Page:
Particle accelerators are the backbone of today’s particle physics research and help us understand the smallest building blocks our world is made of. To understand this deeper, more powerful accelerators are needed, beyond what is possible with today’s LHC. The world’s physics community is continuously running studies to explore science questions and evaluate the required accelerators; one of those the studies is the Future Circular Collider study led by CERN. In this episode we discuss the science questions as well as the core engineering challenges with the two leaders of the FCC study, Michael Benedikt and Frank Zimmermann.
The sea ice in the arctic and antarctic regions of the earth is an especially sensitive indicator of the earth’s climate, and in particular, the current overall atmospheric temperature of the planet. It was recently reported to have reached a new low. Our guest, NASA’s Walt Meier explains why this is the case and which processes govern the increase or decrease of the ice. We then discuss how the ice mass is measured based on satellite and how its thickness is estimated based mostly on in-situ measurements. We cover climate modeling and its connection to sea ice and conclude with an outlook on future research.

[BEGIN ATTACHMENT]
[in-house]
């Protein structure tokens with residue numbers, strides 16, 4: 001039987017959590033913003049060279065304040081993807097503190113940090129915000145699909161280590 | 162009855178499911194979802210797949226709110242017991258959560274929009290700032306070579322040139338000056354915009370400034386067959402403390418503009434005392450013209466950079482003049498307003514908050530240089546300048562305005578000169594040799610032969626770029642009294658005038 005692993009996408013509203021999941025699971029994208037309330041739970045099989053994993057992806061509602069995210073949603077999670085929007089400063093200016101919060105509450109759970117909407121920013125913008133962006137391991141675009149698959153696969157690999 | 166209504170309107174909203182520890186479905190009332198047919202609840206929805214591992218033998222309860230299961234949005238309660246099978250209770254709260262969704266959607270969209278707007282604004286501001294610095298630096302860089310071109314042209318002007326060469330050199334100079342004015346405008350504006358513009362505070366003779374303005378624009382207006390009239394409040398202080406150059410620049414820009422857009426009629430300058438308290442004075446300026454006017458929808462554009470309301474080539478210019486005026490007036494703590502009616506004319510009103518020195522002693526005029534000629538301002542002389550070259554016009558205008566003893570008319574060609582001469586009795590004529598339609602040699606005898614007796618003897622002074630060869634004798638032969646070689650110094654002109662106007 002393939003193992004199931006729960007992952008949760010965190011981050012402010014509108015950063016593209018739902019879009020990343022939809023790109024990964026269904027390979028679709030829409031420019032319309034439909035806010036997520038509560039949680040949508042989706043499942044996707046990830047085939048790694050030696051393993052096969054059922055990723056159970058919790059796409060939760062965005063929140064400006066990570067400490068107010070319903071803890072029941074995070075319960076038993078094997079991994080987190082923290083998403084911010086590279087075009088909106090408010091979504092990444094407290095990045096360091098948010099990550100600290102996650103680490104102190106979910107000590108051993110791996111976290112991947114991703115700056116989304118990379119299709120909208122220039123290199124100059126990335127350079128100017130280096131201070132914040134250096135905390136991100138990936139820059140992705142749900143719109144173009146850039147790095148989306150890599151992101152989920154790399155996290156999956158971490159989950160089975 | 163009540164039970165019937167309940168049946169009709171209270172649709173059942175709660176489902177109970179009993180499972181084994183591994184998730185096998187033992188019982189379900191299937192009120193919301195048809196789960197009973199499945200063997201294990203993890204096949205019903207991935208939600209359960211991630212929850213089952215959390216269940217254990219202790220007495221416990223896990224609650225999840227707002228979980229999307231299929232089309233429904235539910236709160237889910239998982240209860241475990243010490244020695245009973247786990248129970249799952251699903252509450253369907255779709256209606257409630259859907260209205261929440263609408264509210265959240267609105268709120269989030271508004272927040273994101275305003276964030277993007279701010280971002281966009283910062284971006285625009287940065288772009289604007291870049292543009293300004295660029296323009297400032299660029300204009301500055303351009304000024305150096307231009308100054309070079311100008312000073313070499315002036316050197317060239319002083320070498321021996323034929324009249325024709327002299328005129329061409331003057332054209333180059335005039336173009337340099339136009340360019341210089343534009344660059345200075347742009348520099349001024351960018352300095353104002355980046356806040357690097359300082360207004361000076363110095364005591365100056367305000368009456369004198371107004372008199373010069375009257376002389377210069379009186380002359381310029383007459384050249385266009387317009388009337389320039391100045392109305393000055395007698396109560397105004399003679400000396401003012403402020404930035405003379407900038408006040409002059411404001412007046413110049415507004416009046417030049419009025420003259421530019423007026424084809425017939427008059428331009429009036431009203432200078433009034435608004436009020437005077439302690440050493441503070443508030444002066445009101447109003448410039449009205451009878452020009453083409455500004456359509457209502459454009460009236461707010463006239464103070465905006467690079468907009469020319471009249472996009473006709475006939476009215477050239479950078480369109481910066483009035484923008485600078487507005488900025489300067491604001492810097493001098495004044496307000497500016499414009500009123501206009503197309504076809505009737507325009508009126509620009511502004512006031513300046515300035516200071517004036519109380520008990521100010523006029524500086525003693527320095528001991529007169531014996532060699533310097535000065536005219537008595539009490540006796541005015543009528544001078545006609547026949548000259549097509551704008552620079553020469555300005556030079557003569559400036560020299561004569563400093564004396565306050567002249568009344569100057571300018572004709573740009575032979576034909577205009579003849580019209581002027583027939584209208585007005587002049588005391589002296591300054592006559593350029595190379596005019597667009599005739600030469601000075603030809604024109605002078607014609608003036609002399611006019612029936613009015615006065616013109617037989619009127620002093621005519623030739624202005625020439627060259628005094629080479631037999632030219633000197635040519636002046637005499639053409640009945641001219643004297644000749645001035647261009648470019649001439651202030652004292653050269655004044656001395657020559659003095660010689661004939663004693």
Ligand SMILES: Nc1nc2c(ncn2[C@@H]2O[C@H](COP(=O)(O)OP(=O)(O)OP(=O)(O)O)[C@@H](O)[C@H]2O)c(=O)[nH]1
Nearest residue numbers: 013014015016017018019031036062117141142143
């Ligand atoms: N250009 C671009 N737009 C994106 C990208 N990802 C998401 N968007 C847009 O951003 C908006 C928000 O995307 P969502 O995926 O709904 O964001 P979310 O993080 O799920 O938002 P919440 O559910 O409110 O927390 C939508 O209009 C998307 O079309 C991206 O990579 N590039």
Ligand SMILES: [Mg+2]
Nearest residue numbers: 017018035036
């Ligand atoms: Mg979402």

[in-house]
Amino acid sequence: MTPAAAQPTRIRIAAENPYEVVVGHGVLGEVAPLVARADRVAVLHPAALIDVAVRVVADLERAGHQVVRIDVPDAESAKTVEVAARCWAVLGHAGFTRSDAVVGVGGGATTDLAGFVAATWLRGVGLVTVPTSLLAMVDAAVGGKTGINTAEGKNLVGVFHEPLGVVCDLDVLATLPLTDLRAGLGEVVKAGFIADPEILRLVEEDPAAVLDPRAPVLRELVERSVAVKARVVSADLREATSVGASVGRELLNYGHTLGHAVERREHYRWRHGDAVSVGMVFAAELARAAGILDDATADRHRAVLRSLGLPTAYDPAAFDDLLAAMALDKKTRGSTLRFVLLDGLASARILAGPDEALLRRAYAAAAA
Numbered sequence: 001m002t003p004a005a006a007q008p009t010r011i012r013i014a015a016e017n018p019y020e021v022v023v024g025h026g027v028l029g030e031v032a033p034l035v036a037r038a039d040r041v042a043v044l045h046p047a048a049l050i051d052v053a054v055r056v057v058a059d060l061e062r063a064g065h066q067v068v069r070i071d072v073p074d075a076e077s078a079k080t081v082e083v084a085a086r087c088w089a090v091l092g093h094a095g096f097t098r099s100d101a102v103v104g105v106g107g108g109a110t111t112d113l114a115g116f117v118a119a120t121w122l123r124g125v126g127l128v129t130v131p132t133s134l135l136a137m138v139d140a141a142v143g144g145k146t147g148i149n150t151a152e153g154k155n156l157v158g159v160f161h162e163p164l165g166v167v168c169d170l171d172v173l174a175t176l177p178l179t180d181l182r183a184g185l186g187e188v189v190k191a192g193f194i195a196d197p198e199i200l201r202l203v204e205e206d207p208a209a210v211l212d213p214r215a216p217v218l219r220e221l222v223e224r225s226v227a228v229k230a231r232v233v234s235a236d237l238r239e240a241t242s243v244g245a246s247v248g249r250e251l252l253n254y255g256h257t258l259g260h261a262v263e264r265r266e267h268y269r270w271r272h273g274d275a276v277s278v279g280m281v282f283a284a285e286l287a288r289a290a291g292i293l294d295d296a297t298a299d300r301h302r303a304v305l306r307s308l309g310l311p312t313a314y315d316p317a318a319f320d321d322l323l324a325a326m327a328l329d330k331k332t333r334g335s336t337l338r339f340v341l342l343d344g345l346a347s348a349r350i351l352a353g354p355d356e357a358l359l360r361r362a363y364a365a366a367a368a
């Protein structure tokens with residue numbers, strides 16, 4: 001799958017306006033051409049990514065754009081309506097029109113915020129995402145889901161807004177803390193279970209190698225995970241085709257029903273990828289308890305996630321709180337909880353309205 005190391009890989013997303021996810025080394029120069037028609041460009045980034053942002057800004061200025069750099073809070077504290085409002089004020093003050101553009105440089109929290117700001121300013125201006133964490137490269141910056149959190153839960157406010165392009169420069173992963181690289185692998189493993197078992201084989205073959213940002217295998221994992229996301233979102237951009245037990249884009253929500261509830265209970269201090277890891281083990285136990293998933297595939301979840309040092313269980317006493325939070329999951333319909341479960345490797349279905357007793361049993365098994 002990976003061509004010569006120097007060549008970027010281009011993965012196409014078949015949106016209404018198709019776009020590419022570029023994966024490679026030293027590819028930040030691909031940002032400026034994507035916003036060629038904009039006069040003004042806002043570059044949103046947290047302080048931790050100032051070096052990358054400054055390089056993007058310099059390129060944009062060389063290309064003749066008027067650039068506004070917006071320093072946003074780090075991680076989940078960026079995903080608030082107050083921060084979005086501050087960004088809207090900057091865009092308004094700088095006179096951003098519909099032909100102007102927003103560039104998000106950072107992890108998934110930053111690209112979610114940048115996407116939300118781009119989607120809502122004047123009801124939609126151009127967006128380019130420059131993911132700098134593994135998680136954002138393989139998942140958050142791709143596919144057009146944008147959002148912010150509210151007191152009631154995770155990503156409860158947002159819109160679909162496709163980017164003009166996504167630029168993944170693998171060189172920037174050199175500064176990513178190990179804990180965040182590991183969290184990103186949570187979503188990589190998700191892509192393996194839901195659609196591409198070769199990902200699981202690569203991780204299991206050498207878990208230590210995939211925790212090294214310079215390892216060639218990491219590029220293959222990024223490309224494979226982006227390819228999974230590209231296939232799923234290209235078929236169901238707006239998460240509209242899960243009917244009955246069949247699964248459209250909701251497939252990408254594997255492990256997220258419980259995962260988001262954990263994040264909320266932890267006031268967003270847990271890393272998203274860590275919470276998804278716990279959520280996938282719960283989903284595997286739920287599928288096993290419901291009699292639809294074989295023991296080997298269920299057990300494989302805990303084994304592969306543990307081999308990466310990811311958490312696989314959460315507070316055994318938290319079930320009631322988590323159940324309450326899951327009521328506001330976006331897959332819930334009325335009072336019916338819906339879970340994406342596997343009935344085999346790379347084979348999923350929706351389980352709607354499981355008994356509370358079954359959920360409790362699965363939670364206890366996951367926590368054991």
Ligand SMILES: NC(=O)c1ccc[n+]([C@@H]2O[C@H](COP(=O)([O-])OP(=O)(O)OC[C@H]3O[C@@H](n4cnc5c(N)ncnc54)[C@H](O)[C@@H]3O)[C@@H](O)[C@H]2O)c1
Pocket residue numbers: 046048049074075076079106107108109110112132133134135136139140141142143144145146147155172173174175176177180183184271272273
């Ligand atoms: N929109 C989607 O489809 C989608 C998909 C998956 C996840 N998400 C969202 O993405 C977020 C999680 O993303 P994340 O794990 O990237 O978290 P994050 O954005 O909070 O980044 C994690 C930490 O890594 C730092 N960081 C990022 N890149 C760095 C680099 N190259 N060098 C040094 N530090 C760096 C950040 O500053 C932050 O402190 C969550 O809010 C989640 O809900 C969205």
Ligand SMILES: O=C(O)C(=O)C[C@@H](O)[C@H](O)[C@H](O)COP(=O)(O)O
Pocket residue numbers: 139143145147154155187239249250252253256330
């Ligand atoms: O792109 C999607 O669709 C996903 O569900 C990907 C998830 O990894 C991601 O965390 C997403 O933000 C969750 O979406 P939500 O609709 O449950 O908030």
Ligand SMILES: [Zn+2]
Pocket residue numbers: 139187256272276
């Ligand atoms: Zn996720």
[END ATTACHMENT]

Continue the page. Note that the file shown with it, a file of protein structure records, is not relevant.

Tidal power refers to extracting electrical energies out of the tide streams in oceans. Various techniques exist. Tocardo is a provider of axial turbines, and our guest, Pieter de Haas, is their CTO. In this episode we talk about tidal power in general, siting, the design and engineering of Tocardo’s turbines as well as the overall economic and technical trade-offs in making the turbines work over the long run.